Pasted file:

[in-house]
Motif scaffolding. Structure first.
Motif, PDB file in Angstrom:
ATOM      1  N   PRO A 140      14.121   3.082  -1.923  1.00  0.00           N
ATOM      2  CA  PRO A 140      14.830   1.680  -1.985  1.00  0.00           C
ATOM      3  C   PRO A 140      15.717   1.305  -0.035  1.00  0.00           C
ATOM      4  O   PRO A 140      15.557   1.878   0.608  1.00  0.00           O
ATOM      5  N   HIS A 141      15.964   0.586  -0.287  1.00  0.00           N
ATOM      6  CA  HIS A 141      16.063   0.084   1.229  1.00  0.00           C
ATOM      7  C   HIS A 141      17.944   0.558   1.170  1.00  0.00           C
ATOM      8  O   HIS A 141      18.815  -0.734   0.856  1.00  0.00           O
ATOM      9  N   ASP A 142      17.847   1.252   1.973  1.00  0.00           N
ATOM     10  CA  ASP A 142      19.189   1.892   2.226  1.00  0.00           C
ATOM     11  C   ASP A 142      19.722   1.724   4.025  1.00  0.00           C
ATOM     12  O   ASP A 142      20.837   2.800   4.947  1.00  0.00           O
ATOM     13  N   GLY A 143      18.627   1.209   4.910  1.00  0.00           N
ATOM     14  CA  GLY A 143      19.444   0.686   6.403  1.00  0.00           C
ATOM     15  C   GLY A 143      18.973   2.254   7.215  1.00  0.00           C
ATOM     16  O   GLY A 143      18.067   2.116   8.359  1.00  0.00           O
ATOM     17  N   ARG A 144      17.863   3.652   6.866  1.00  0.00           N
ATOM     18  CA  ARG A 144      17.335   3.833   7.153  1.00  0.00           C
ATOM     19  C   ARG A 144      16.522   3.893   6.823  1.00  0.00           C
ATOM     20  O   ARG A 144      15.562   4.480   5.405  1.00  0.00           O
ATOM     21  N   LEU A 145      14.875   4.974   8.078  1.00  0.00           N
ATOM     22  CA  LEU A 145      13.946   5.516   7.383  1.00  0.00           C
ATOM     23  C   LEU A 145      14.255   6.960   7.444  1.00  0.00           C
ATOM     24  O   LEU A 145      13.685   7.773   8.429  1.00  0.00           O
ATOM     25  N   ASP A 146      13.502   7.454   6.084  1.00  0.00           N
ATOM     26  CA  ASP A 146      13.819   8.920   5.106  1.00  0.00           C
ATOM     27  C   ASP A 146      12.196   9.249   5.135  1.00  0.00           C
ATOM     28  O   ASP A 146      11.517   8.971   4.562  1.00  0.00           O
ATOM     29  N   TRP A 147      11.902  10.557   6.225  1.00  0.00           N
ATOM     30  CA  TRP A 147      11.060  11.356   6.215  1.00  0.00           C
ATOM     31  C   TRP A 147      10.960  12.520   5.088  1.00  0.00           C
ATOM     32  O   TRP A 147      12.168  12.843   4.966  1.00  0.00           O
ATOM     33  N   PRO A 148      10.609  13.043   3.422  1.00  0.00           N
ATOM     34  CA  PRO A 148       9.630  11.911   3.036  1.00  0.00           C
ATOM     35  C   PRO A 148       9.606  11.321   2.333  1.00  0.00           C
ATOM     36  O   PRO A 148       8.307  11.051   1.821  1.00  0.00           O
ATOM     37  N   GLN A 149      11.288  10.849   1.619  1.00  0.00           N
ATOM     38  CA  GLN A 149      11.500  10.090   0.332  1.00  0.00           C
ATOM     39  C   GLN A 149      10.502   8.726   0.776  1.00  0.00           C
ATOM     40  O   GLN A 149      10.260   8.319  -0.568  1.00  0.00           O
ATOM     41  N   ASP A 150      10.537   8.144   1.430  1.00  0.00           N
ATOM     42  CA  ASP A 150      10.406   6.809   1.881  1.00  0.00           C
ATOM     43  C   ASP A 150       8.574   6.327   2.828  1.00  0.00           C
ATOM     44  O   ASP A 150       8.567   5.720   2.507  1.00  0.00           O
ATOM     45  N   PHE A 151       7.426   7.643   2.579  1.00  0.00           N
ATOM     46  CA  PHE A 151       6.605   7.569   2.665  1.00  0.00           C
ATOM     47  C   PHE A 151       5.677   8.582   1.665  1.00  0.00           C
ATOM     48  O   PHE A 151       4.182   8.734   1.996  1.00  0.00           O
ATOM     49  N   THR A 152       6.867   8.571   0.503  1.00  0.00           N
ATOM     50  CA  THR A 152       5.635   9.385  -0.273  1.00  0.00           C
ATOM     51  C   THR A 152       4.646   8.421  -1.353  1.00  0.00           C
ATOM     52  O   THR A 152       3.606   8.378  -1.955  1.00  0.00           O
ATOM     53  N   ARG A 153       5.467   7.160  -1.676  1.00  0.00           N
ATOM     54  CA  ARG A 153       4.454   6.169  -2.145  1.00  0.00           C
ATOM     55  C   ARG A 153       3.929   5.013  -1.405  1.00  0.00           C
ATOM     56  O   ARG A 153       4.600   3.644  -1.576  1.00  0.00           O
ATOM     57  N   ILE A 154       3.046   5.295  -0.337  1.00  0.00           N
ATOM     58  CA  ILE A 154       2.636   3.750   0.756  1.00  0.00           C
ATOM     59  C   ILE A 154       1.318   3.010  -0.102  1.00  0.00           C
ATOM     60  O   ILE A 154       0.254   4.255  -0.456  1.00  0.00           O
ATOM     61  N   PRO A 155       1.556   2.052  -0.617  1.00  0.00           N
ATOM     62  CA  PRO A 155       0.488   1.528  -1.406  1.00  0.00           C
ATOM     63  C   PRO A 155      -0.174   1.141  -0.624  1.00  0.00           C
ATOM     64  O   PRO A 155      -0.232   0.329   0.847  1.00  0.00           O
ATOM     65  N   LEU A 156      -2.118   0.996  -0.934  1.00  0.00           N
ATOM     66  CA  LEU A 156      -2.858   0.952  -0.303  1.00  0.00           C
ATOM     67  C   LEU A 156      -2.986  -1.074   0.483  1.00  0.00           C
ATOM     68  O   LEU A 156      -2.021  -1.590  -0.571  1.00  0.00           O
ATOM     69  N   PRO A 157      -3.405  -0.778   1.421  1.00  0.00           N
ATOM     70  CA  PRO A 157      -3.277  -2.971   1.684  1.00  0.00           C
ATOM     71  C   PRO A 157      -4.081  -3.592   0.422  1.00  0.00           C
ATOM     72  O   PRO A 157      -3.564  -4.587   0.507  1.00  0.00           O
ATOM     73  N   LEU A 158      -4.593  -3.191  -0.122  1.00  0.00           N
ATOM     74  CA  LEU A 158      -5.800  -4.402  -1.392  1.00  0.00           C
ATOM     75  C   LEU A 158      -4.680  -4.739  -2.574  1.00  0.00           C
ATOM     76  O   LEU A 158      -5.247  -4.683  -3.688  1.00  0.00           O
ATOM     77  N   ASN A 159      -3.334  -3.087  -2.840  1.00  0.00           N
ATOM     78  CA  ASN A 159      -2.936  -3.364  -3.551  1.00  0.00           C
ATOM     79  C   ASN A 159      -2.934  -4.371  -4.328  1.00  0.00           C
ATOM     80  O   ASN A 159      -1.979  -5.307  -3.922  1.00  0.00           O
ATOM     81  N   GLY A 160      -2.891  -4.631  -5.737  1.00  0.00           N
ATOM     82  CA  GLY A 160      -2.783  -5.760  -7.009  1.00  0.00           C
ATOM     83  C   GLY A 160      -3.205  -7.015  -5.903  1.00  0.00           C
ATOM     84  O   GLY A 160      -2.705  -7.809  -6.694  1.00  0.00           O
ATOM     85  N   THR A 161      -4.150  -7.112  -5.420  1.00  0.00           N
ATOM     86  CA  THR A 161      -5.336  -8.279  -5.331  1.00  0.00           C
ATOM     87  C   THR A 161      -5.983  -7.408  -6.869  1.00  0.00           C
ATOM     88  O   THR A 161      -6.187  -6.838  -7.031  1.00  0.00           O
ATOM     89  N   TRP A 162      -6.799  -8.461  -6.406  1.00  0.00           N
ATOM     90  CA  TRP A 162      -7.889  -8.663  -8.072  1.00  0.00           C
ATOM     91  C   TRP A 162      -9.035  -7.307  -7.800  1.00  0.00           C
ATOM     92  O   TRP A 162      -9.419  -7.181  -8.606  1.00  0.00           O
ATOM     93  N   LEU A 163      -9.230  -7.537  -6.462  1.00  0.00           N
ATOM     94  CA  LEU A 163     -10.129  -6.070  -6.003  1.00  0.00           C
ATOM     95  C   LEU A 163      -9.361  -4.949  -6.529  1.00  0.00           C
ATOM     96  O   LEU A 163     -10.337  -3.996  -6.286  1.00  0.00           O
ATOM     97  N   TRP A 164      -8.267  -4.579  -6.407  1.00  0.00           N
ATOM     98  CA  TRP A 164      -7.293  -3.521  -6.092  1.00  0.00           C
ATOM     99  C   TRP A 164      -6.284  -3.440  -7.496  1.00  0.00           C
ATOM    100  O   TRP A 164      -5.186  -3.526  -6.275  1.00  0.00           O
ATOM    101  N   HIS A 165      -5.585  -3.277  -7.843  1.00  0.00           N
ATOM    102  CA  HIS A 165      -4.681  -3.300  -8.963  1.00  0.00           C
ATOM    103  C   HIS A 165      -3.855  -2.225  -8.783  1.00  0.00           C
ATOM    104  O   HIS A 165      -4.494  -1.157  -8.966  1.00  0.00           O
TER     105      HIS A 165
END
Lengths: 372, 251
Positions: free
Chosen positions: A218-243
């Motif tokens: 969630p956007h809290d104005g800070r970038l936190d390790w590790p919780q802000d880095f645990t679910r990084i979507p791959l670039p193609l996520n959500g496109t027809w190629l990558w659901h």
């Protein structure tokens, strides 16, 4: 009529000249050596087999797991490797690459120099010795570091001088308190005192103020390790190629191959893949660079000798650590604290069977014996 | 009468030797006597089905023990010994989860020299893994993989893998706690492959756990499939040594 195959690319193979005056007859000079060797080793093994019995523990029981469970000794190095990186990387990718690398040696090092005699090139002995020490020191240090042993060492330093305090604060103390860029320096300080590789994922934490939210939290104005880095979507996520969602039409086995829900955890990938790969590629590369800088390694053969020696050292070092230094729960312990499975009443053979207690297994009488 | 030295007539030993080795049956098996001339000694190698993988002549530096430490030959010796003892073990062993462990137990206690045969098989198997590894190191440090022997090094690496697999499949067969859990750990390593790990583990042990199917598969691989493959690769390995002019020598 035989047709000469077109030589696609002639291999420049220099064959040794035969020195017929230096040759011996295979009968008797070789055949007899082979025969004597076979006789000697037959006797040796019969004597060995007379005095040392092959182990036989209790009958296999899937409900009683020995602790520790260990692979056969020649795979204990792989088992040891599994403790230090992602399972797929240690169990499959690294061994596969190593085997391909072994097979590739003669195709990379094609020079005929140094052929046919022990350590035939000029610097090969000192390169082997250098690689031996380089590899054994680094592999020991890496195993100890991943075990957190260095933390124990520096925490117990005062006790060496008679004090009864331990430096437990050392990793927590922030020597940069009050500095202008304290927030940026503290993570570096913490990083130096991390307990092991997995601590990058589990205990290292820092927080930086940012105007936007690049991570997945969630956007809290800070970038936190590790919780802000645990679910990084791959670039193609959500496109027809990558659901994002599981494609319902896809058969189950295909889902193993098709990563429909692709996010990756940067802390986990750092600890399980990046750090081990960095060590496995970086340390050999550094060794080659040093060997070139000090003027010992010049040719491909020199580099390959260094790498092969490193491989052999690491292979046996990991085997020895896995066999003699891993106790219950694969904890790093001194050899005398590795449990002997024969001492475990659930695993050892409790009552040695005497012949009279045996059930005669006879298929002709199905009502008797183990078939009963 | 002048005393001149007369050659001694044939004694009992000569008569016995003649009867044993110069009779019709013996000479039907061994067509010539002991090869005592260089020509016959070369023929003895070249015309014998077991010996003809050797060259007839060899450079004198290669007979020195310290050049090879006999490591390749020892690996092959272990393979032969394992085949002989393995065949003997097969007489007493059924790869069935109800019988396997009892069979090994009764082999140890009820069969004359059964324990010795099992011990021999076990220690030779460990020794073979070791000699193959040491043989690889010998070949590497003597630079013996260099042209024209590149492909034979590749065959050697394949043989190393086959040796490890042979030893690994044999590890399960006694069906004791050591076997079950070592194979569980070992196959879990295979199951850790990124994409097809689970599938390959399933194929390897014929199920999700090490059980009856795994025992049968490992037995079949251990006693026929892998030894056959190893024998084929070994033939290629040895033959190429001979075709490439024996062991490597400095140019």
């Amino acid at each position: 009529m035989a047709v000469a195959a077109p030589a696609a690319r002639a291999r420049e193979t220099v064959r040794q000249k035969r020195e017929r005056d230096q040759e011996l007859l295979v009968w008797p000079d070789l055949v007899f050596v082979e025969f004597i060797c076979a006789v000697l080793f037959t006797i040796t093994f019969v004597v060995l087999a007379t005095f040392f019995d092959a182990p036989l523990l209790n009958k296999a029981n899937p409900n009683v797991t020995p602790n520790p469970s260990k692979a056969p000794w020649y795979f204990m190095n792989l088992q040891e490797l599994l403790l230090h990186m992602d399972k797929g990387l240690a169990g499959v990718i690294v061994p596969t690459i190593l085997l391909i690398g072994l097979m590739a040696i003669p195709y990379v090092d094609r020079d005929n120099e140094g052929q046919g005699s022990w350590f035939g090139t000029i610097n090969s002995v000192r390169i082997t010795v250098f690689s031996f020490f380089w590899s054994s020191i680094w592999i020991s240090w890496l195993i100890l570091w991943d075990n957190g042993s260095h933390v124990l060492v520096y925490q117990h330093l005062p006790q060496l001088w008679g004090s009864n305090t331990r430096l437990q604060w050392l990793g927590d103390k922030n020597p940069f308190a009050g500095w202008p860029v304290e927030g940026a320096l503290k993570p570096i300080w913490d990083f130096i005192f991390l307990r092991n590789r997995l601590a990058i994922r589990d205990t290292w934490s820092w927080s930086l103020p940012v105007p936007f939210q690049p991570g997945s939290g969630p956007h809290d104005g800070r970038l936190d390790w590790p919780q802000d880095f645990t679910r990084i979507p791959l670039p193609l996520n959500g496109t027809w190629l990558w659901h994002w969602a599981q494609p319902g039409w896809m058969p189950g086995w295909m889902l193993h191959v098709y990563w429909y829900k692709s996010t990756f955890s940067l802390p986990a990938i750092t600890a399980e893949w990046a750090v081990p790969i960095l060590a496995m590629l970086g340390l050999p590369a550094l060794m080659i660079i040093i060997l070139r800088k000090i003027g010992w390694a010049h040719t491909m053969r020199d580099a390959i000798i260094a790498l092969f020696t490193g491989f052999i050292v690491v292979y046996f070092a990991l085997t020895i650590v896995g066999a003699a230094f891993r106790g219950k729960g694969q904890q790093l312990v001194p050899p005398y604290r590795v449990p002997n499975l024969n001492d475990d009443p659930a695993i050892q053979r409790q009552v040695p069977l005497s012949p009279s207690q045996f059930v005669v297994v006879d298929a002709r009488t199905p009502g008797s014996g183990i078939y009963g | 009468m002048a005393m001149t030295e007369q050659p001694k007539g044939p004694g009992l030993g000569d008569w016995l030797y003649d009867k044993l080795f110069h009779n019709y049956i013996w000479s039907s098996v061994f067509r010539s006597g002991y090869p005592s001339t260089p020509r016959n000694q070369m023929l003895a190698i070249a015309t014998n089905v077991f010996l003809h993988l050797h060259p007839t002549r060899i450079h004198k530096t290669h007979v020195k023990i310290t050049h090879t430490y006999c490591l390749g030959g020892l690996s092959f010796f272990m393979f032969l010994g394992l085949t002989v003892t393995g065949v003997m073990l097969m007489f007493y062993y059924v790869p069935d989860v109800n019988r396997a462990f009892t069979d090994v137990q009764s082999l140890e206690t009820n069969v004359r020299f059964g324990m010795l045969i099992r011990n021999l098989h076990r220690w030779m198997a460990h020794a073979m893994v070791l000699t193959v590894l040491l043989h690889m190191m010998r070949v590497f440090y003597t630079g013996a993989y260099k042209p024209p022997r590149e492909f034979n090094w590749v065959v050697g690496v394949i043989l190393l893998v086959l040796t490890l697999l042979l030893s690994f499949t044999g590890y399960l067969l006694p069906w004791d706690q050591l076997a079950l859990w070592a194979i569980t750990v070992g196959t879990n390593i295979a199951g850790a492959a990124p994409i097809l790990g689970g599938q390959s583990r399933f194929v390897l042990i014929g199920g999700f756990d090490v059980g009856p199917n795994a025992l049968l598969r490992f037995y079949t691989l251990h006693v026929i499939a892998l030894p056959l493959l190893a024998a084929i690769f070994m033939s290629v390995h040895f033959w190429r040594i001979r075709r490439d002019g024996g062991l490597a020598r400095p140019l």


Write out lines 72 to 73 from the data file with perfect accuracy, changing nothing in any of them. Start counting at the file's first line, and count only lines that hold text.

ATOM     69  N   PRO A 157      -3.405  -0.778   1.421  1.00  0.00           N
ATOM     70  CA  PRO A 157      -3.277  -2.971   1.684  1.00  0.00           C